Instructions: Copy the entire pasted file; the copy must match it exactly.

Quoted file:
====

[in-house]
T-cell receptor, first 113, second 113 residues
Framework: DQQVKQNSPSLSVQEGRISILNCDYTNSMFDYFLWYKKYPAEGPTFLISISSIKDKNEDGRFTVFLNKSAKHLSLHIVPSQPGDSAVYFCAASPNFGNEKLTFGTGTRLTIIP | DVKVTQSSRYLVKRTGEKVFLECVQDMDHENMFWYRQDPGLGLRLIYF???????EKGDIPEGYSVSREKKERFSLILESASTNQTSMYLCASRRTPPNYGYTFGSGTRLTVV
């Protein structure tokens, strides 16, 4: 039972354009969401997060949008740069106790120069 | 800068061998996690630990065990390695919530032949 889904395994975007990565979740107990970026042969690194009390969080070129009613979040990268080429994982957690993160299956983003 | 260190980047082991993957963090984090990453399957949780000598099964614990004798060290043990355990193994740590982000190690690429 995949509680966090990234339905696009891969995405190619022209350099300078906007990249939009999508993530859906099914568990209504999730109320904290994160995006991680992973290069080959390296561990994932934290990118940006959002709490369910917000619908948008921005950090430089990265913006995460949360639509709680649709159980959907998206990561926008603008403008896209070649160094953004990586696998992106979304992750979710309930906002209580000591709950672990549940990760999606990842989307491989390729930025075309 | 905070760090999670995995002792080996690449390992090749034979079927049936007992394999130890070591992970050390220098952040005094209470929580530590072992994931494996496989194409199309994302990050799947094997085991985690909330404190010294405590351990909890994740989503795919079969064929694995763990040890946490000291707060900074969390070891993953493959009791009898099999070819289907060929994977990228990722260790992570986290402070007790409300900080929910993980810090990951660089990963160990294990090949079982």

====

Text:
[in-house]
T-cell receptor, first 113, second 113 residues
Framework: DQQVKQNSPSLSVQEGRISILNCDYTNSMFDYFLWYKKYPAEGPTFLISISSIKDKNEDGRFTVFLNKSAKHLSLHIVPSQPGDSAVYFCAASPNFGNEKLTFGTGTRLTIIP | DVKVTQSSRYLVKRTGEKVFLECVQDMDHENMFWYRQDPGLGLRLIYF???????EKGDIPEGYSVSREKKERFSLILESASTNQTSMYLCASRRTPPNYGYTFGSGTRLTVV
């Protein structure tokens, strides 16, 4: 039972354009969401997060949008740069106790120069 | 800068061998996690630990065990390695919530032949 889904395994975007990565979740107990970026042969690194009390969080070129009613979040990268080429994982957690993160299956983003 | 260190980047082991993957963090984090990453399957949780000598099964614990004798060290043990355990193994740590982000190690690429 995949509680966090990234339905696009891969995405190619022209350099300078906007990249939009999508993530859906099914568990209504999730109320904290994160995006991680992973290069080959390296561990994932934290990118940006959002709490369910917000619908948008921005950090430089990265913006995460949360639509709680649709159980959907998206990561926008603008403008896209070649160094953004990586696998992106979304992750979710309930906002209580000591709950672990549940990760999606990842989307491989390729930025075309 | 905070760090999670995995002792080996690449390992090749034979079927049936007992394999130890070591992970050390220098952040005094209470929580530590072992994931494996496989194409199309994302990050799947094997085991985690909330404190010294405590351990909890994740989503795919079969064929694995763990040890946490000291707060900074969390070891993953493959009791009898099999070819289907060929994977990228990722260790992570986290402070007790409300900080929910993980810090990951660089990963160990294990090949079982």